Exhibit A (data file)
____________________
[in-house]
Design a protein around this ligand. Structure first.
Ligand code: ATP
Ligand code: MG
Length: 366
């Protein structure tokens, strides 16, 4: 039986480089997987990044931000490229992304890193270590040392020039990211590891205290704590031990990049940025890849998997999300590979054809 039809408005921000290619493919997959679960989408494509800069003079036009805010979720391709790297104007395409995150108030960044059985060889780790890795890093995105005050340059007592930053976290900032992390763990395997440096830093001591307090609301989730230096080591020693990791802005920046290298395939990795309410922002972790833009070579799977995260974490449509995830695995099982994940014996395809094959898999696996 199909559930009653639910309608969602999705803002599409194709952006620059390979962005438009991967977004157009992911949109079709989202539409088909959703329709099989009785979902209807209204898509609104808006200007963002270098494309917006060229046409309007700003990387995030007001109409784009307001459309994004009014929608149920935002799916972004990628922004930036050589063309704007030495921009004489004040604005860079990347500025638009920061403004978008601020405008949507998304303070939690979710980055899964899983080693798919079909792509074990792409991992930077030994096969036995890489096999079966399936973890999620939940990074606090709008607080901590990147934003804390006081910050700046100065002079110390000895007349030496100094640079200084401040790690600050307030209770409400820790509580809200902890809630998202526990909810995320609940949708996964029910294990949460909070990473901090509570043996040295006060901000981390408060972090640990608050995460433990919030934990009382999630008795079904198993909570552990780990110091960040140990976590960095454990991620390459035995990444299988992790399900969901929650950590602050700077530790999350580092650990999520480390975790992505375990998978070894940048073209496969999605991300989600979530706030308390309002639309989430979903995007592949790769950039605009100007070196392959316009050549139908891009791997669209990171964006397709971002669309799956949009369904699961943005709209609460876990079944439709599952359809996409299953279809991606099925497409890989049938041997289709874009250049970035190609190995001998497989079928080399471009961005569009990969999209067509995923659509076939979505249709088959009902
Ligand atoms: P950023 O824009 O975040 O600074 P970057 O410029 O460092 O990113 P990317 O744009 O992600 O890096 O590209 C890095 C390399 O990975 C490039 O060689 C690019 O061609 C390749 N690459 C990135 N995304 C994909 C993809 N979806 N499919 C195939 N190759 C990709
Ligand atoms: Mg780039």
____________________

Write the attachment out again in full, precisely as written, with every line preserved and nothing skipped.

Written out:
[in-house]
Design a protein around this ligand. Structure first.
Ligand code: ATP
Ligand code: MG
Length: 366
């Protein structure tokens, strides 16, 4: 039986480089997987990044931000490229992304890193270590040392020039990211590891205290704590031990990049940025890849998997999300590979054809 039809408005921000290619493919997959679960989408494509800069003079036009805010979720391709790297104007395409995150108030960044059985060889780790890795890093995105005050340059007592930053976290900032992390763990395997440096830093001591307090609301989730230096080591020693990791802005920046290298395939990795309410922002972790833009070579799977995260974490449509995830695995099982994940014996395809094959898999696996 199909559930009653639910309608969602999705803002599409194709952006620059390979962005438009991967977004157009992911949109079709989202539409088909959703329709099989009785979902209807209204898509609104808006200007963002270098494309917006060229046409309007700003990387995030007001109409784009307001459309994004009014929608149920935002799916972004990628922004930036050589063309704007030495921009004489004040604005860079990347500025638009920061403004978008601020405008949507998304303070939690979710980055899964899983080693798919079909792509074990792409991992930077030994096969036995890489096999079966399936973890999620939940990074606090709008607080901590990147934003804390006081910050700046100065002079110390000895007349030496100094640079200084401040790690600050307030209770409400820790509580809200902890809630998202526990909810995320609940949708996964029910294990949460909070990473901090509570043996040295006060901000981390408060972090640990608050995460433990919030934990009382999630008795079904198993909570552990780990110091960040140990976590960095454990991620390459035995990444299988992790399900969901929650950590602050700077530790999350580092650990999520480390975790992505375990998978070894940048073209496969999605991300989600979530706030308390309002639309989430979903995007592949790769950039605009100007070196392959316009050549139908891009791997669209990171964006397709971002669309799956949009369904699961943005709209609460876990079944439709599952359809996409299953279809991606099925497409890989049938041997289709874009250049970035190609190995001998497989079928080399471009961005569009990969999209067509995923659509076939979505249709088959009902
Ligand atoms: P950023 O824009 O975040 O600074 P970057 O410029 O460092 O990113 P990317 O744009 O992600 O890096 O590209 C890095 C390399 O990975 C490039 O060689 C690019 O061609 C390749 N690459 C990135 N995304 C994909 C993809 N979806 N499919 C195939 N190759 C990709
Ligand atoms: Mg780039």